New York, March 7 (IANS) Lungs tend to quickly lose their function outside the body. But this may soon change as researchers have found a method that could help maintain a fully functional lung outside the body for up to a week or even longer.
Lengthening the time to keep lungs functional outside the body could boost transplantation as a vast majority of donor lungs get rejected during transplantation due to delay in transport. It could also allow doctors to repair damaged donor lungs and make them suitable for transplant.
The research team found that "cross circulation" -- an abandoned surgical procedure used in the 1960s to exchange blood flow between two patients -- could enable long-term support of living organs outside the body by providing critical systemic and metabolic factors that are missing from all current technologies.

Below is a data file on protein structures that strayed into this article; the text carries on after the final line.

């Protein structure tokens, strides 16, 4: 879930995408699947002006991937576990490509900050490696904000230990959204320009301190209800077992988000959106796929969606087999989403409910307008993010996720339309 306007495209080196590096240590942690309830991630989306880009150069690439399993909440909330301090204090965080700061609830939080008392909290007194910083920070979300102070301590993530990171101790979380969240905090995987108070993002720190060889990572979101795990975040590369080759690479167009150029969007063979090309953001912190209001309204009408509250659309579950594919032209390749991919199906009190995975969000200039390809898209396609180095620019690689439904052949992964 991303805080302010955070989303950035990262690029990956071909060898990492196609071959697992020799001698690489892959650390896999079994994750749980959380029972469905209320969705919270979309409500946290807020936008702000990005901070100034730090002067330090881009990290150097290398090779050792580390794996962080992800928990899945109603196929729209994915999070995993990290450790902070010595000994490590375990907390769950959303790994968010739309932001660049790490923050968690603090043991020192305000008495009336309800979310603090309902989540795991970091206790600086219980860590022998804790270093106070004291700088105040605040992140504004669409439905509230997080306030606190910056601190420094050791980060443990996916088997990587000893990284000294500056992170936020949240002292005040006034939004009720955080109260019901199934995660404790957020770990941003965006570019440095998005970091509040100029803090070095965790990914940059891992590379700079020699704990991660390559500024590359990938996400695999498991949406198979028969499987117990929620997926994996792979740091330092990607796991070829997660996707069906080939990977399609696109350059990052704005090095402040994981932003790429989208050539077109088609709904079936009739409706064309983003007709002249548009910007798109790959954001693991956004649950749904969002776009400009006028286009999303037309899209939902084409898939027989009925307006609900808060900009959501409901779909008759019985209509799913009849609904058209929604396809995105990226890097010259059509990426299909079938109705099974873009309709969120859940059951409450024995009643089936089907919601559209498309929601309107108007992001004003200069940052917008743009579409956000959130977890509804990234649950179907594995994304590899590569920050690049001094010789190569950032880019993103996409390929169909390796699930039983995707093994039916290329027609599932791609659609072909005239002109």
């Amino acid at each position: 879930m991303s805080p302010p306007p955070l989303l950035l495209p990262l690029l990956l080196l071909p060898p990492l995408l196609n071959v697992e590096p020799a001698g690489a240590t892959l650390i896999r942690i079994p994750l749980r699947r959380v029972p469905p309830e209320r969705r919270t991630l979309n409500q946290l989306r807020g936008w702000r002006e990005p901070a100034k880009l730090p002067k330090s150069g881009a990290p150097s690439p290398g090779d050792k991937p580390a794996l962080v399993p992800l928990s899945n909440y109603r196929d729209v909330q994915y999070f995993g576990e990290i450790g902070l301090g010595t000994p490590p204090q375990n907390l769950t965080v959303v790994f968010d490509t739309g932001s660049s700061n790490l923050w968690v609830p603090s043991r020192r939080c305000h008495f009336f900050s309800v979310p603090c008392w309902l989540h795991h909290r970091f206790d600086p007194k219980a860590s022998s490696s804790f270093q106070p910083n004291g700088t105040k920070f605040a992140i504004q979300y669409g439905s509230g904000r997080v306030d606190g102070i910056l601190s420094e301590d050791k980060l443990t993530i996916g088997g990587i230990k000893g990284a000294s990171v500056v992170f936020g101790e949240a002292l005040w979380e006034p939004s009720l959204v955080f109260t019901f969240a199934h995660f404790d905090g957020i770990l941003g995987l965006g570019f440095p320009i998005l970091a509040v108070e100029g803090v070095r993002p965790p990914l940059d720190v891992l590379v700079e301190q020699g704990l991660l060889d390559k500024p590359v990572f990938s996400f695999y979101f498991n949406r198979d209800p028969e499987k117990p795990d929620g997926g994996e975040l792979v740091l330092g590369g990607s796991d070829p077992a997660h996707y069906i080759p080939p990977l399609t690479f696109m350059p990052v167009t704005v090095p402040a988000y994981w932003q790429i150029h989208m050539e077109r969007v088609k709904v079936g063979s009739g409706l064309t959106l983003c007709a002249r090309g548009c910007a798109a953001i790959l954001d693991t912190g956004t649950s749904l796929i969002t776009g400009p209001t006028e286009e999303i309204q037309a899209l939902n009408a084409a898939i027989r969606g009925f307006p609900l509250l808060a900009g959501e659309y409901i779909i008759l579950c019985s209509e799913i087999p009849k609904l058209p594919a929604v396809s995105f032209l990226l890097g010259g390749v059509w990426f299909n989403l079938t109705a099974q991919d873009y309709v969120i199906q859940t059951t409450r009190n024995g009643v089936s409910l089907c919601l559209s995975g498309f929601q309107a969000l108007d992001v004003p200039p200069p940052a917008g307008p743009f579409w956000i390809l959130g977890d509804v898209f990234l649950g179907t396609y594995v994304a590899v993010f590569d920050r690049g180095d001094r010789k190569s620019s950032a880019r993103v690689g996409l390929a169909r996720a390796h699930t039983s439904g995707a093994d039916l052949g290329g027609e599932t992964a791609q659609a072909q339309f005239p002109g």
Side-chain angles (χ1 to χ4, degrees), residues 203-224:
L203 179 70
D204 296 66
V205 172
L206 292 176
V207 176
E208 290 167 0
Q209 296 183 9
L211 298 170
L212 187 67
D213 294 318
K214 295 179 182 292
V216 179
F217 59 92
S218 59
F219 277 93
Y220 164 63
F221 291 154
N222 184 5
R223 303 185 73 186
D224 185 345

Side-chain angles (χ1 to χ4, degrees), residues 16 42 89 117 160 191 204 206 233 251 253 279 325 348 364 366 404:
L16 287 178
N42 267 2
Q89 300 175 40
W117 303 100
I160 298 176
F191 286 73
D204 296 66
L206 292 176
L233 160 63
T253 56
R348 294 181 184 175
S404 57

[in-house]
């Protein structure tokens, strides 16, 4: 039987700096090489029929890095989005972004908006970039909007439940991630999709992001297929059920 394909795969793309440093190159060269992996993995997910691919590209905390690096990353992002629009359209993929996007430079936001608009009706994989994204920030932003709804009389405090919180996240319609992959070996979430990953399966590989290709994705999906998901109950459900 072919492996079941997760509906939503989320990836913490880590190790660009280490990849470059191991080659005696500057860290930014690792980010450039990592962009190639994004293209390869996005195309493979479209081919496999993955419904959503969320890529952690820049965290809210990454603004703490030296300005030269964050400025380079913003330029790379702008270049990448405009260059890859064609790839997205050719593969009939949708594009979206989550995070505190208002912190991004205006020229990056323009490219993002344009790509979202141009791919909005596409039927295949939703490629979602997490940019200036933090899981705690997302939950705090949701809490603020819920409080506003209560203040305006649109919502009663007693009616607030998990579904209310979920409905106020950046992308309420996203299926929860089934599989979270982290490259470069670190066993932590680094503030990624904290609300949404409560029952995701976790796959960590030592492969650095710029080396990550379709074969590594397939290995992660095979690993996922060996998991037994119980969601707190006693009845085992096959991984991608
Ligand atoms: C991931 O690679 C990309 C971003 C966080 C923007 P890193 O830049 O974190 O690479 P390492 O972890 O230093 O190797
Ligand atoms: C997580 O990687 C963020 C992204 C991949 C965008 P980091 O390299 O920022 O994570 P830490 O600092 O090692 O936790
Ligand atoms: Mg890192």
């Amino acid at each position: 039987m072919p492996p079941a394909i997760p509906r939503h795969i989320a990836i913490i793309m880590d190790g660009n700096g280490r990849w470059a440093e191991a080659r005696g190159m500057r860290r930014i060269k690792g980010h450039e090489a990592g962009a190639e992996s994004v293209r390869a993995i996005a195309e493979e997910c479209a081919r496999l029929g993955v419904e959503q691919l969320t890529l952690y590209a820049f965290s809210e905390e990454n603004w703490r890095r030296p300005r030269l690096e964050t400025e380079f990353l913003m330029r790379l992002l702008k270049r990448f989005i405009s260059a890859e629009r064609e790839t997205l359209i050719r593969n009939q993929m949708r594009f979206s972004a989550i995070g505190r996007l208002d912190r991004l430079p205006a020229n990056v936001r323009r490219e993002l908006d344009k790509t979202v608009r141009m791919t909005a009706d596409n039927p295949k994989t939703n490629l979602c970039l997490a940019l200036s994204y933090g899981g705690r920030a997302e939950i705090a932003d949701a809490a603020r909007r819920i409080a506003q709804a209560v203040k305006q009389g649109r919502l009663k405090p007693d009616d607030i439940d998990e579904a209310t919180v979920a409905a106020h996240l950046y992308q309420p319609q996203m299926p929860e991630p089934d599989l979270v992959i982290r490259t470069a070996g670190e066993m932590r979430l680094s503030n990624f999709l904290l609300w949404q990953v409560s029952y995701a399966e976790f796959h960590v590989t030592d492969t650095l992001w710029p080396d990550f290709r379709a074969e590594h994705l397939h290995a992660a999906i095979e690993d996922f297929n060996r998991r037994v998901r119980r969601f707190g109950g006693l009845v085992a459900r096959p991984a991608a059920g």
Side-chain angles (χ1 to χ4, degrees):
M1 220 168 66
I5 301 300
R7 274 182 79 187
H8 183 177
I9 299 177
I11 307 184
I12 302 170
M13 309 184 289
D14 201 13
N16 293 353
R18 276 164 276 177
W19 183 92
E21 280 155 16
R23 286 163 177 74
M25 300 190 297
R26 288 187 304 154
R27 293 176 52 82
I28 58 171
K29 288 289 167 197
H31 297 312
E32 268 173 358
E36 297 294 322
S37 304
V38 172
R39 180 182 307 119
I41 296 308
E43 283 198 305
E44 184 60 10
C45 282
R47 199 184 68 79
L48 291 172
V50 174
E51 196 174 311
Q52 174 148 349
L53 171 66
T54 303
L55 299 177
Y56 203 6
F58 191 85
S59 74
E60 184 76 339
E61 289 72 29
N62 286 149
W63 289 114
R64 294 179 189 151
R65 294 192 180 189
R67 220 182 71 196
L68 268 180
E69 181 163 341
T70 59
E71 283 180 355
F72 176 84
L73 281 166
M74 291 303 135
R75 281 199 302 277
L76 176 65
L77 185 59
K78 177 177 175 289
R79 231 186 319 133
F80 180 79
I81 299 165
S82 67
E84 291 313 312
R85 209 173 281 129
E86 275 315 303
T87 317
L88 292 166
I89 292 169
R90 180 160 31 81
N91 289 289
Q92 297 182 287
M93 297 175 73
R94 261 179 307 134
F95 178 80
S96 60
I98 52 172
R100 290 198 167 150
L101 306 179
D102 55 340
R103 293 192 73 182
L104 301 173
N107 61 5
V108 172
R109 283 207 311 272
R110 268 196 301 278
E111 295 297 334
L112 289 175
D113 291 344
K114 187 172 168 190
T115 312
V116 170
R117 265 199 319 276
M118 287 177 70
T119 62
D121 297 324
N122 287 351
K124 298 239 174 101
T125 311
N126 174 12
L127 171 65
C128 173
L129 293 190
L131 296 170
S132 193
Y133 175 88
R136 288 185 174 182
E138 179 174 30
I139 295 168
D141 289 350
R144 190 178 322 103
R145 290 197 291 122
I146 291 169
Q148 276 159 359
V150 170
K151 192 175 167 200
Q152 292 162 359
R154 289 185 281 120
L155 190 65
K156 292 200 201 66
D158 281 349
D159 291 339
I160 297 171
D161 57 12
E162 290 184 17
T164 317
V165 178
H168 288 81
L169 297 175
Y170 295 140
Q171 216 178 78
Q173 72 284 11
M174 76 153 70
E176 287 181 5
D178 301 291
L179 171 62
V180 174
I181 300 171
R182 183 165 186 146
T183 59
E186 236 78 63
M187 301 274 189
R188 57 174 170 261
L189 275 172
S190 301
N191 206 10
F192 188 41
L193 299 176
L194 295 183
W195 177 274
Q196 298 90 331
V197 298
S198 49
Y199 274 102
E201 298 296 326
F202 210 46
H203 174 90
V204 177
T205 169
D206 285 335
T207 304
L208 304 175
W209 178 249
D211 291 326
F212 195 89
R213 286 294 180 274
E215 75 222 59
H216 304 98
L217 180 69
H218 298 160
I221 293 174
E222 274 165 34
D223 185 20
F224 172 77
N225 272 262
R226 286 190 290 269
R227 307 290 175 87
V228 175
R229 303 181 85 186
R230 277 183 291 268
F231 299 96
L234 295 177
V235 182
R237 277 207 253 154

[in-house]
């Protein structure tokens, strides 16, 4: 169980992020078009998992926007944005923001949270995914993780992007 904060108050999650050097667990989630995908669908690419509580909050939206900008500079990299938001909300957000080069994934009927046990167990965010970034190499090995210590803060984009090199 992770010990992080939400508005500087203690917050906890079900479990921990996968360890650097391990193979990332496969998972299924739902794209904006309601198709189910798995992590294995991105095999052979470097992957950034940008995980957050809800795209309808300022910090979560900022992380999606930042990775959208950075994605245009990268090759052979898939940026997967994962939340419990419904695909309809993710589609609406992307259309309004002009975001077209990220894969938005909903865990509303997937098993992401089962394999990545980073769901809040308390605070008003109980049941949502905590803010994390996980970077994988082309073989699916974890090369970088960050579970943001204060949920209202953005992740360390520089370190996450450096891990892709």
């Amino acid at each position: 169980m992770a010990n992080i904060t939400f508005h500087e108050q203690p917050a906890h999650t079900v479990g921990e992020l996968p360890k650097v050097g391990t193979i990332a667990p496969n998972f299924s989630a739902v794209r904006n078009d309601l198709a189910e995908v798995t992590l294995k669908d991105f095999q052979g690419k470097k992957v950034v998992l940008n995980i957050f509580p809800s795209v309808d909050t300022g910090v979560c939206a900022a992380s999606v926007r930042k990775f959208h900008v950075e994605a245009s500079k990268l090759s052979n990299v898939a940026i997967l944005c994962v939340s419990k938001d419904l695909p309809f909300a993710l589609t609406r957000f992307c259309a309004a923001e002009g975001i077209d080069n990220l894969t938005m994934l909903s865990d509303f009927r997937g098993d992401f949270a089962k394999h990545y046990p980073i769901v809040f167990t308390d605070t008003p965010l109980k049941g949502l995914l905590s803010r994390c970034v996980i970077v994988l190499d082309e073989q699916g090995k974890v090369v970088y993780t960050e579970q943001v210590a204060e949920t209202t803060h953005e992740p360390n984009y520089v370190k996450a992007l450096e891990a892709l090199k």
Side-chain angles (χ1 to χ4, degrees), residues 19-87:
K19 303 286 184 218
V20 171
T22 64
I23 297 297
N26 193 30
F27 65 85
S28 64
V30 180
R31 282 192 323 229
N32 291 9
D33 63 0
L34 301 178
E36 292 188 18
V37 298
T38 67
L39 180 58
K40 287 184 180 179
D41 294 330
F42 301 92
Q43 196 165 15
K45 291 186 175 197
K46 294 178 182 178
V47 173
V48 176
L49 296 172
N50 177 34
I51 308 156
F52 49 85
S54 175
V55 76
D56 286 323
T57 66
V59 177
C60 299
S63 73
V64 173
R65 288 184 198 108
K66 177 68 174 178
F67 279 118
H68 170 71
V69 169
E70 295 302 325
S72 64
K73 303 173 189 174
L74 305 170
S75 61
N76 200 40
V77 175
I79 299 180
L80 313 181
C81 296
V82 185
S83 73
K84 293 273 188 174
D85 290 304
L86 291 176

Taking a cue from this procedure, the researchers developed a new technology to support fully functional lung outside the body for several days, according to a study published online in the journal Nature Biomedical Engineering.
"Our cross-circulation platform will likely allow us to extend the duration of support to a week or longer if needed, potentially enabling the recovery of severely damaged organs," said one of the lead researchers John O'Neill from Columbia University Medical Centre in the US.
"Beyond prolonging support time, we also demonstrated several therapeutic interventions that vastly improve and accelerate recovery," O'Neill noted.
The researchers said that their new platform could be readily extended to recover other organs that are in high demand for transplant or in need of repair, including livers and kidneys, and they have already begun studies in these directions.